Saturday, April 04, 2009
The Secret Of My Success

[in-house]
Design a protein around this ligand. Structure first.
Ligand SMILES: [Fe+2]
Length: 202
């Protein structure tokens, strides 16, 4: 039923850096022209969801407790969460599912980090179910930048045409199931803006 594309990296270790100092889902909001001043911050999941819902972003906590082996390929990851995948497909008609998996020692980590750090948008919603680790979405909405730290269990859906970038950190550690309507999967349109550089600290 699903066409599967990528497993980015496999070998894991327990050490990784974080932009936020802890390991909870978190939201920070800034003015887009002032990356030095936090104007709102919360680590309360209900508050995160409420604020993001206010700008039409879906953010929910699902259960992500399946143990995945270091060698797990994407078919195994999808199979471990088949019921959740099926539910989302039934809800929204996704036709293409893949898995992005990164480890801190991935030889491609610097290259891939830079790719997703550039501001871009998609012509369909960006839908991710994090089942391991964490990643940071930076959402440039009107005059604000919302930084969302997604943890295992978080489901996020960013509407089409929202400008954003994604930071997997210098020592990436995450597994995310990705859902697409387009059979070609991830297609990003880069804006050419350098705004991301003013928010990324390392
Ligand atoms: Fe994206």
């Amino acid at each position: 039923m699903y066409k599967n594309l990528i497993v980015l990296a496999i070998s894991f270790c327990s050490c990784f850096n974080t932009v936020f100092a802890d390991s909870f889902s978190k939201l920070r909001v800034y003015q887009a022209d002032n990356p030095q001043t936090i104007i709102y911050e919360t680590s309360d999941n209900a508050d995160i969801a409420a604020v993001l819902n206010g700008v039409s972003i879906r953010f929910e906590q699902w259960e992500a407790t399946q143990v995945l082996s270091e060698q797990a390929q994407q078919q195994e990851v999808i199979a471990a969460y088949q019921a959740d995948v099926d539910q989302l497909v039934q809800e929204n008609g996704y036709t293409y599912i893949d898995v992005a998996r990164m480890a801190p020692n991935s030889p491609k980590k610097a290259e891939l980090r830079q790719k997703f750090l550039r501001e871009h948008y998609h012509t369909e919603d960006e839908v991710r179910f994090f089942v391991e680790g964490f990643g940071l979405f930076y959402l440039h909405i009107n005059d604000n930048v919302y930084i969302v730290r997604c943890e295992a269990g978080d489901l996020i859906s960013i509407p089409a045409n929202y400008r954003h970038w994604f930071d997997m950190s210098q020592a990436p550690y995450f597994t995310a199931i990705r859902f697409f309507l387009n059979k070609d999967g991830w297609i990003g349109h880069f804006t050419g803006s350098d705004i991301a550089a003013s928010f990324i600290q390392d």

The day after my very first exhibition at a commercial art gallery, which had sold out, the gallery's director told me, ""Whatever you do, don't change your style."It wasn't exactly what I wanted to hear.She went on to tell me about other artists who had become financially successful this way. I recognised the names – and hated their works. They were repetitive, formulaic, and worst of all, stupid. The only reason the gallerist liked them was because they were easier to sell. The repetition had no conceptual reason. In every case, it was just about easy money. I became an artist because I wanted to explore more deeply the emotional and psychological terrains that intrigued and obsessed me. I never considered making the same thing over and over, with small variations, just for the money – unless, of course, it was part of exploring an idea. Without an underlying concept, the work became meaningless, insulting and exploitative.And yet for many major artists, the central problem of success remains breaking free of the commercial and popular pressure to do the same sort of works over and over. It affects so many of us, from Australia's painter of outback desolation and burning rope', Tim Storrier, to Vanessa Beecroft, Damien Hirst, and yeah, me. I think I'm still young, hungry and reckless enough to rid myself of this burden and ignore everybody's expectations. I have done it before and it has paid off. But it has always been touch-and-go. I just figure I have nothing to lose. Besides, risk makes my heart beat faster. It turns me on sexually and it engages my mind, even when it frightens the shit out of me. In every instance, I never hesitate to put everything on the line.Artists only lose when they play it safe. Jeff Koons' Rabbit is just another floating balloon in a Macy's Parade. Vanessa Beecroft's early installations of naked women have been turned into a branded retail display for Louis Vuitton. Damien Hirst's endless versions of animals in formaldehyde make the stronger works in the series weaker. His most powerful works, such as A Thousand Years, are further undermined with each new pickled carcass, fast-money dot and swirl painting, or high profile diamond-encrusted skull stunt. I always knew that repeating the same works over and over was a trap. One of the reason's I did all my Dangerous Career Babes as dress-up Barbie dolls stuck in the same action pose, was to rip the whole idea of repetition to shreds. So this is not a problem I am confronting with any nervousness. No, my biggest problem is the one I thought I'd never have – embracing my own success.I fought so hard, and for so long, to have a measures of critical acclaim, celebrity and wealth and yet I never really imagined it would be even a fraction of what has come my way in the last few years. I'm used to scuffling, scratching, and hustling for any scrap of attention and to make enough money to get me through the next canvas. So it has been unexpectedly confronting to be on the receiving end of so much opportunity, praise, acceptance, and yeah, money. I know I wanted those things – badly – but I still don't know how to handle them with grace, appreciation and satisfaction. They make me uneasy, make me feel like something must be wrong because I feel so damn good. Sometimes, it gets so bad, it drives me crazy and I try to pull it all apart.It's going to take some time for me to be able to accept my increasing success, let alone enjoy it. It going to take even longer for me to feel like I deserve it.